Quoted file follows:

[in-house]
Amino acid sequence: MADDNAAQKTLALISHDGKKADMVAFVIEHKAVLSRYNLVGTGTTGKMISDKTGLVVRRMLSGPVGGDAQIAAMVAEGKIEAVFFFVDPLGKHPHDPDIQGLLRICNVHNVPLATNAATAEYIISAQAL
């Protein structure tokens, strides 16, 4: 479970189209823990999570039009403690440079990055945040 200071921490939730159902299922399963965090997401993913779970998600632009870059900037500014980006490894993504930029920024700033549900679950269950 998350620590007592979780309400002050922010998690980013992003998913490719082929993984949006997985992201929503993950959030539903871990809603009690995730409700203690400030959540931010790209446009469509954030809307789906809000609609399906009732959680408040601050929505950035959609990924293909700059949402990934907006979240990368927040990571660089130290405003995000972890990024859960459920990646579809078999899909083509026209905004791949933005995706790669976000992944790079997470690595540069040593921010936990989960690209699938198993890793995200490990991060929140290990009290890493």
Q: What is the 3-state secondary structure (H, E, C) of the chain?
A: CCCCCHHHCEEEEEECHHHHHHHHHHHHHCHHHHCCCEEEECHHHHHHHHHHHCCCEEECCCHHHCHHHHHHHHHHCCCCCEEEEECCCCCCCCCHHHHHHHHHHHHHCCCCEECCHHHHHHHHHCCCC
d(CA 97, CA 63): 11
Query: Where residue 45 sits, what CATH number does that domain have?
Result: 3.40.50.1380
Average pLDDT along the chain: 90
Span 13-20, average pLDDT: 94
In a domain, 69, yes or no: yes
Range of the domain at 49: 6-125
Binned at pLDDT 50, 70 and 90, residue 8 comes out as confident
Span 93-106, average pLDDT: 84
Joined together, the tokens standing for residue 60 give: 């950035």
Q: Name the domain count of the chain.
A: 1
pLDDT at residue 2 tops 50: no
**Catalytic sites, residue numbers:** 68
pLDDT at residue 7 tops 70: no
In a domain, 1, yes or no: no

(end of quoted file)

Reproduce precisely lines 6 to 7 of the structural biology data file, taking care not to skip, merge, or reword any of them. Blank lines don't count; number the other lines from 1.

d(CA 97, CA 63): 11
Query: Where residue 45 sits, what CATH number does that domain have?